Photo by Rachel Claire on

Yesterday was my birthday. I opened the door and am now fully footed in my forties. This blog launched officially a few years ago on my birthday. Even in the three years or so of writing, while I’ve had this blog, the world has changed, I’ve changed, and naturally writing has changed. When one writes across his or her lifetime or for a a significant period of time, the writing is documentation to the individual. We write about what we hunger for, what inspires us, what makes us ache, what makes us laugh, what astounds us, what perplexes us, and much more. To be a writer, I believe, you must keep your appetite alive. Even when the hunger levels drop, you still must push through and either find something to be curious about or be curious about why you have no appetite. Perhaps that is why writing saves so many people, because it does keep our ‘appetites,’ alive. It feeds us and nourishes us. For many years, I did and still do, loved to write about people and their interactions and thoughts. When the pandemic hit, I was alone in a studio apartment whose windows overlooked a courtyard, I began to write about the lights in the other windows, the sound of bells I heard ringing in the square, my coffee machine. I also began to write a lot about the stars, the universe, astrology, astronomy because I was studying it. It gave me something to be hungry for. My birthday was this weekend. It’s strange to think that one year ago, I went to dinner with two of my closest friends and we had very little idea that ‘our little dinner celebration,’ would be something gone from our lives and that in a week the world would change. This year, I ate lunch with my parents for the first time in a year. It still was not at a restaurant or ‘normal,’ but I saw my family which did not really happen for almost a year. Writing did become more challenging for a while when life was not happening; however, it evolved. When there was no more interactions and people watching, I began to ask myself smaller questions like, ‘Where do bells come from? Why do they ring?’ I began to notice the sounds around me and my reactions to them in a different way. I began to dream about different things. The other ‘big change,’ was that where my life outside of work stopped, as a mental health therapist, worked boomed. I’ve been a therapist now for at least fifteen years. I’ve never experienced people wanting and showing up for mental health appointments. The influx of need has been exhausting at times, yet it’s a wonderful thing to see people ‘wanting to work on themselves.’ Being a mental health therapist, you need downtime. You need time unplugged. The past few months have given very little of that. Dealing with people’s hurt, pain, trauma, loss, back to back 8-9 hours a day, sometimes with no time to go to the bathroom or eat something between individuals is exhausting. It takes effort a lot of days to come home and remember he necessity of keeping your ‘appetite,’ alive for things you love. I won’t lie. There are days when I have to say, “You are going to sit down and just write, and it’s forced.’ It never takes long before I feel myself back in a familiar world, a world I love, a gift that gives me an ‘appetite,’ and ‘hunger,’ in this life even on days when I am completely unsure if I have one.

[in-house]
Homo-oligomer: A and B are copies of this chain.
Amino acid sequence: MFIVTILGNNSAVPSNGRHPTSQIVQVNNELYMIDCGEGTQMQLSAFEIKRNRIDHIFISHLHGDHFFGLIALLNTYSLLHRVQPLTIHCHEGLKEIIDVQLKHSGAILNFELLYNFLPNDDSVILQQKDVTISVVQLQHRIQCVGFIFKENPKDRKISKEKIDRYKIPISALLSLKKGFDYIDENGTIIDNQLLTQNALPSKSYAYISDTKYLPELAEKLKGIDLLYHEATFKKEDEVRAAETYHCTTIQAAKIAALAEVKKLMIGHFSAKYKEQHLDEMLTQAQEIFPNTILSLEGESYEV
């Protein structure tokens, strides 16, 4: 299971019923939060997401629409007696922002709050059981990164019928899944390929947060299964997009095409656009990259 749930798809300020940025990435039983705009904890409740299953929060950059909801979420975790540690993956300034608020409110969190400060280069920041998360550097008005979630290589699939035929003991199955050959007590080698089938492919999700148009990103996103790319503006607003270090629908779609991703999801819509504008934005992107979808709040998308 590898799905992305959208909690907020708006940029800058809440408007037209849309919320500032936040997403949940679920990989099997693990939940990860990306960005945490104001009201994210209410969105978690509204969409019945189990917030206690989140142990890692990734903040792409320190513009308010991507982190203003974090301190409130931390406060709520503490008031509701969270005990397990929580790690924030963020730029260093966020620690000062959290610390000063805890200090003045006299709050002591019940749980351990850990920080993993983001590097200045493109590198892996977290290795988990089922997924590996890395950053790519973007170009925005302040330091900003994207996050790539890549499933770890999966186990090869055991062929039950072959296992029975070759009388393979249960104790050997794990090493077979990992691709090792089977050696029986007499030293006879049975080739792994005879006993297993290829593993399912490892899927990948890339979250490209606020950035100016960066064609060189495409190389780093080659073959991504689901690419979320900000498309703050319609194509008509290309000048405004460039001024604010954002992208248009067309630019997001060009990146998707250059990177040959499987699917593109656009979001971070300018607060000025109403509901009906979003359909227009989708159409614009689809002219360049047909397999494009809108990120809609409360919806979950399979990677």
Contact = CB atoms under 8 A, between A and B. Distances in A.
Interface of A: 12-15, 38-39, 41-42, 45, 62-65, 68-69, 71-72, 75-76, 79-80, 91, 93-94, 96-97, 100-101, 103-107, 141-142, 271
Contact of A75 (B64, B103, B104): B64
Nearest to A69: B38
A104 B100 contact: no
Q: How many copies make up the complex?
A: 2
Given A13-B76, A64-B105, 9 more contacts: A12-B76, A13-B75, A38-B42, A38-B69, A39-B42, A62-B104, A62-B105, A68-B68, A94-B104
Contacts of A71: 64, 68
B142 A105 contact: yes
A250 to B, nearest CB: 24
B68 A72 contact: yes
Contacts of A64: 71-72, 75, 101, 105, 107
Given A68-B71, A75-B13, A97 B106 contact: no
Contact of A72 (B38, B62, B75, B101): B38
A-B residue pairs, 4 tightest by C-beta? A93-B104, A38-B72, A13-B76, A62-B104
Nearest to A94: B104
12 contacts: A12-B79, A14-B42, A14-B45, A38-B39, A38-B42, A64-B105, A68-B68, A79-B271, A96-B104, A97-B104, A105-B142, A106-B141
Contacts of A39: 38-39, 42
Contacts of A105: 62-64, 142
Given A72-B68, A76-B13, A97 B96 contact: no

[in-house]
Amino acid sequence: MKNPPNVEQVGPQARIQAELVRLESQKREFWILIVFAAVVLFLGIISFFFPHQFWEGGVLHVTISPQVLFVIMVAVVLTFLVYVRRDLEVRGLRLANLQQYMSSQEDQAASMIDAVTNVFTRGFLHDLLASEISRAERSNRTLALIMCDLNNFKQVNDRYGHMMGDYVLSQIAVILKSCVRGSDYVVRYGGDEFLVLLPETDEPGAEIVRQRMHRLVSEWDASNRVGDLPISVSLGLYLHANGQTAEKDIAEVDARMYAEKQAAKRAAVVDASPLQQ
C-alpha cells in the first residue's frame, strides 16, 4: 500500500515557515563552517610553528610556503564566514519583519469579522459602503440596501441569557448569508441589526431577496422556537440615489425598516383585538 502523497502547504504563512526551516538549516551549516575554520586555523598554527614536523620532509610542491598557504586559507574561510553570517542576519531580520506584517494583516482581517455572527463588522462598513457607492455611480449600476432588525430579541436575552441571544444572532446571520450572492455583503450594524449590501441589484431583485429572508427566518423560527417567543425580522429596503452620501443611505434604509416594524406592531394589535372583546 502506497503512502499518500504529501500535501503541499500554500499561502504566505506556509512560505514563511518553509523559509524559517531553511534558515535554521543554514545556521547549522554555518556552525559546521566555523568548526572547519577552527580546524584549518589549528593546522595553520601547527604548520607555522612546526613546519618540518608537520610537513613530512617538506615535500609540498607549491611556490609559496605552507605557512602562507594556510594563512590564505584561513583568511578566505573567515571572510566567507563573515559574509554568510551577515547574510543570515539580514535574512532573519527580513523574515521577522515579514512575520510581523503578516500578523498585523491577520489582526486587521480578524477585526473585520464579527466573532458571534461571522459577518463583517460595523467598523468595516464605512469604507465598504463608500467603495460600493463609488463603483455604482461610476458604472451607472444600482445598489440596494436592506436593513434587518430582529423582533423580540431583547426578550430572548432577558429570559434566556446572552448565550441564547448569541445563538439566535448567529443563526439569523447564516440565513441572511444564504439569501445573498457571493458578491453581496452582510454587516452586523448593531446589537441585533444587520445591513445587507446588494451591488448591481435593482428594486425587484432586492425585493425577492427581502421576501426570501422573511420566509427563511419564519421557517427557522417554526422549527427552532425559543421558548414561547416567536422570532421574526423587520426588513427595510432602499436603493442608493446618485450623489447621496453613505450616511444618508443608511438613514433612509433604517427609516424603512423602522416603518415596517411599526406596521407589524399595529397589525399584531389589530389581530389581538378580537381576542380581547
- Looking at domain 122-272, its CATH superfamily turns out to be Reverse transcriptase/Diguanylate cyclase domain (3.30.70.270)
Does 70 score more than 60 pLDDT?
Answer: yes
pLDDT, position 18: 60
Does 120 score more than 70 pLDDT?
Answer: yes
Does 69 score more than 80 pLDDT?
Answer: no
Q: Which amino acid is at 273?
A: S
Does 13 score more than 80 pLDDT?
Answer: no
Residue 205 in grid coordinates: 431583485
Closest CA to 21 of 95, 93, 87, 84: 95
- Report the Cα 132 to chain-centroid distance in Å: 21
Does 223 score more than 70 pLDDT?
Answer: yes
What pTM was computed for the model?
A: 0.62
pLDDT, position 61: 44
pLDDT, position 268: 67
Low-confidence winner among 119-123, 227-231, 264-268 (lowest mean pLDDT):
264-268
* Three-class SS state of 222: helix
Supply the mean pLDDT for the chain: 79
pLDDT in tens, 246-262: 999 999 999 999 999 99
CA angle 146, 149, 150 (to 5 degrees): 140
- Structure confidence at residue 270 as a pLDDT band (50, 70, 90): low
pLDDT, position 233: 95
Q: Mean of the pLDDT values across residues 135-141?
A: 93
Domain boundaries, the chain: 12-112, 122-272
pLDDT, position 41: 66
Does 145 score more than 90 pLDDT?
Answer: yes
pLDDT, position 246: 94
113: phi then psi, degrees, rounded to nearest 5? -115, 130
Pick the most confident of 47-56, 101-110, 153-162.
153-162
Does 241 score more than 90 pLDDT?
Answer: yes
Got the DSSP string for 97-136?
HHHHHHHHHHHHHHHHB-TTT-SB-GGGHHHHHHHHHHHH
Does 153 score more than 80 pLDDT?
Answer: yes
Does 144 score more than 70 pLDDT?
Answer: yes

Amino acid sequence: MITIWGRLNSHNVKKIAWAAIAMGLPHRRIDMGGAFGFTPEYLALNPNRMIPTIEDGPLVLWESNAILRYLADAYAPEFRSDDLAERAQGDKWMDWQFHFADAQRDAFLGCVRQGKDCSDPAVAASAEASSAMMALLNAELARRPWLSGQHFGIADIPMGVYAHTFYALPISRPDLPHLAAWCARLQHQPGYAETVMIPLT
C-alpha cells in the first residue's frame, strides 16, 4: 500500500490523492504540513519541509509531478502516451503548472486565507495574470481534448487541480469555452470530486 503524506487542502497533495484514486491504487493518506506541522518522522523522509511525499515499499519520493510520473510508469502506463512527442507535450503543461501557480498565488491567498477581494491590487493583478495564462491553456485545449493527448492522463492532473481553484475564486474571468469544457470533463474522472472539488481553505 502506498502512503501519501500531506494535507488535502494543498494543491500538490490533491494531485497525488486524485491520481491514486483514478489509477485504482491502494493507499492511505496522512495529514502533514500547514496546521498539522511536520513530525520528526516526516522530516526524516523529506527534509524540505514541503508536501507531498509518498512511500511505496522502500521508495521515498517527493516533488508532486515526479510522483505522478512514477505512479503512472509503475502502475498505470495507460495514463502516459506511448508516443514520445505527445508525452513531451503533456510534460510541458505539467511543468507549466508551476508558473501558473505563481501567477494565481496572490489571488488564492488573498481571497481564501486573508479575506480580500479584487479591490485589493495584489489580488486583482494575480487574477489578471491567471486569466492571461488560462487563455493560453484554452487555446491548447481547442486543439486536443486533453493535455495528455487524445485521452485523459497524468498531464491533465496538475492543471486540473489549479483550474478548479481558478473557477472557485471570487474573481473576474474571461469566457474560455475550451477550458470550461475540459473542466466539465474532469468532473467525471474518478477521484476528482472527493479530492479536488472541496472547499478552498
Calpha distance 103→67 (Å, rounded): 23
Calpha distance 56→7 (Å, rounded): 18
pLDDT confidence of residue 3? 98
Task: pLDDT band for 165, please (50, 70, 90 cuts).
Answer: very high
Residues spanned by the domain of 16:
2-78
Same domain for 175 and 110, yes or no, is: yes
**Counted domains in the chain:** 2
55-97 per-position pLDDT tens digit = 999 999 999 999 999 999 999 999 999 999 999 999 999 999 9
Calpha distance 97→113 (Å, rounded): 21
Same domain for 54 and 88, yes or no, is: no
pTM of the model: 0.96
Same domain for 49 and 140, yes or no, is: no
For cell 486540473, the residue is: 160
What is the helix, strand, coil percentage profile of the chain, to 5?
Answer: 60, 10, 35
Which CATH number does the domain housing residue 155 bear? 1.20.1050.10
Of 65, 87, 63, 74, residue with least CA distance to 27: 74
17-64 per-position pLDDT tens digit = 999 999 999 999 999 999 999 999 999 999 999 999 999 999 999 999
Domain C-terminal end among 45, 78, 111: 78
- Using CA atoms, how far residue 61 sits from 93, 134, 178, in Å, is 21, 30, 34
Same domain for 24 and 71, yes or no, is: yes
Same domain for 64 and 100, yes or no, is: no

The arsonist blows out the flame.
Between smiles and losses
It sneaks up on you and suddenly
the exit is passed. Your heart drove through
Some truth you believed in yesterday.
Bullets aim and don’t care.
Your anatomy knows what pulling a trigger can do.
There’s a darkness that sings
Let what’s broken stay broken.
Then you feel life’s offers opening
And it’s almost impossible to just leave it as is.
To remain tucked inside the petals of a blooming orchid,
Just enough to witness another within eyesight open.
How do you not push those petals open?
How do you stay in a eulogy when a meadow presents itself?
Sometimes we hurt to heal,
But it’s nowhere as painful as hurting to stay.
The animals we let go of,
Stay inside us it’s true. The hurt
As we watch them run free
Is far less than demanding captivity for our stubborn pleasure.
We must never discount the fact that we will be this way for a while
Then we will change. As we age,
We all wear the cool eyes of youth
That know only time rages of impotence,
Never of appetite.

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